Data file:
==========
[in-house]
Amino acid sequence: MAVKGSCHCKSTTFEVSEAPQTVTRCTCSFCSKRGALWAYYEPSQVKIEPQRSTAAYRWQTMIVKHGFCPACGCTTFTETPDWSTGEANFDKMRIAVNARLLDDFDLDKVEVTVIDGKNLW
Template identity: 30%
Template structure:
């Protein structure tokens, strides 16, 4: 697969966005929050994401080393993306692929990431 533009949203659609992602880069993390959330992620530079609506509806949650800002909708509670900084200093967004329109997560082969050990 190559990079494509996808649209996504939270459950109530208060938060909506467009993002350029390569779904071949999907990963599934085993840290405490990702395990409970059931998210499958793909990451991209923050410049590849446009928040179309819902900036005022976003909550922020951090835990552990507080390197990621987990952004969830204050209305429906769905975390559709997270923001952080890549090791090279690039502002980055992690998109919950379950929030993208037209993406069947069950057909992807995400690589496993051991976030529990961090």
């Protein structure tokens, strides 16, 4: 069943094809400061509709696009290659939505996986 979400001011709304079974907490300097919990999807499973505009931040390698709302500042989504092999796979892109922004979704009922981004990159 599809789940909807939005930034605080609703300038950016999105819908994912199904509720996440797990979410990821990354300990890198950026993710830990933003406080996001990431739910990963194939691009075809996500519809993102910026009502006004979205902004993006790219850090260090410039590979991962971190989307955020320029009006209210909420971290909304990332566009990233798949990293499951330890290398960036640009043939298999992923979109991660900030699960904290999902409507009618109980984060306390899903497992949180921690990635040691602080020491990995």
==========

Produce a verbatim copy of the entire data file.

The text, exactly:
[in-house]
Amino acid sequence: MAVKGSCHCKSTTFEVSEAPQTVTRCTCSFCSKRGALWAYYEPSQVKIEPQRSTAAYRWQTMIVKHGFCPACGCTTFTETPDWSTGEANFDKMRIAVNARLLDDFDLDKVEVTVIDGKNLW
Template identity: 30%
Template structure:
């Protein structure tokens, strides 16, 4: 697969966005929050994401080393993306692929990431 533009949203659609992602880069993390959330992620530079609506509806949650800002909708509670900084200093967004329109997560082969050990 190559990079494509996808649209996504939270459950109530208060938060909506467009993002350029390569779904071949999907990963599934085993840290405490990702395990409970059931998210499958793909990451991209923050410049590849446009928040179309819902900036005022976003909550922020951090835990552990507080390197990621987990952004969830204050209305429906769905975390559709997270923001952080890549090791090279690039502002980055992690998109919950379950929030993208037209993406069947069950057909992807995400690589496993051991976030529990961090």
């Protein structure tokens, strides 16, 4: 069943094809400061509709696009290659939505996986 979400001011709304079974907490300097919990999807499973505009931040390698709302500042989504092999796979892109922004979704009922981004990159 599809789940909807939005930034605080609703300038950016999105819908994912199904509720996440797990979410990821990354300990890198950026993710830990933003406080996001990431739910990963194939691009075809996500519809993102910026009502006004979205902004993006790219850090260090410039590979991962971190989307955020320029009006209210909420971290909304990332566009990233798949990293499951330890290398960036640009043939298999992923979109991660900030699960904290999902409507009618109980984060306390899903497992949180921690990635040691602080020491990995």